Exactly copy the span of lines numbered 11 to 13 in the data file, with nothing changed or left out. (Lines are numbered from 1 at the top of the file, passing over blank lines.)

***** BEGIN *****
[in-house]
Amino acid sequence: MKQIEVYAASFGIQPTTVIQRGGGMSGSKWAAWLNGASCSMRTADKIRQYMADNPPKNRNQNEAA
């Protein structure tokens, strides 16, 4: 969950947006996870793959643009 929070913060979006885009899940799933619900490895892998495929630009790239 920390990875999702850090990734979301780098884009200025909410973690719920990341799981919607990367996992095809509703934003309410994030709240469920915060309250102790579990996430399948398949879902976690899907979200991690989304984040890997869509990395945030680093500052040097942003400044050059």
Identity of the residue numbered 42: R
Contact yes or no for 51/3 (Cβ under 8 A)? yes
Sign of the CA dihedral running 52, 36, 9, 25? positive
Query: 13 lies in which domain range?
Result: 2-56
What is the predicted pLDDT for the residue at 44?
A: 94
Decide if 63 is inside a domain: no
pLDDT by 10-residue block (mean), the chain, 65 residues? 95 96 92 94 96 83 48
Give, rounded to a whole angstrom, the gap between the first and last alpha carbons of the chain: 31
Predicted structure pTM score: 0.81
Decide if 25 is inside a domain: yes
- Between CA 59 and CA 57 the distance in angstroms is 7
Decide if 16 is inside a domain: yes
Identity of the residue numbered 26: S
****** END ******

Decide if 63 is inside a domain: no
pLDDT by 10-residue block (mean), the chain, 65 residues? 95 96 92 94 96 83 48
Give, rounded to a whole angstrom, the gap between the first and last alpha carbons of the chain: 31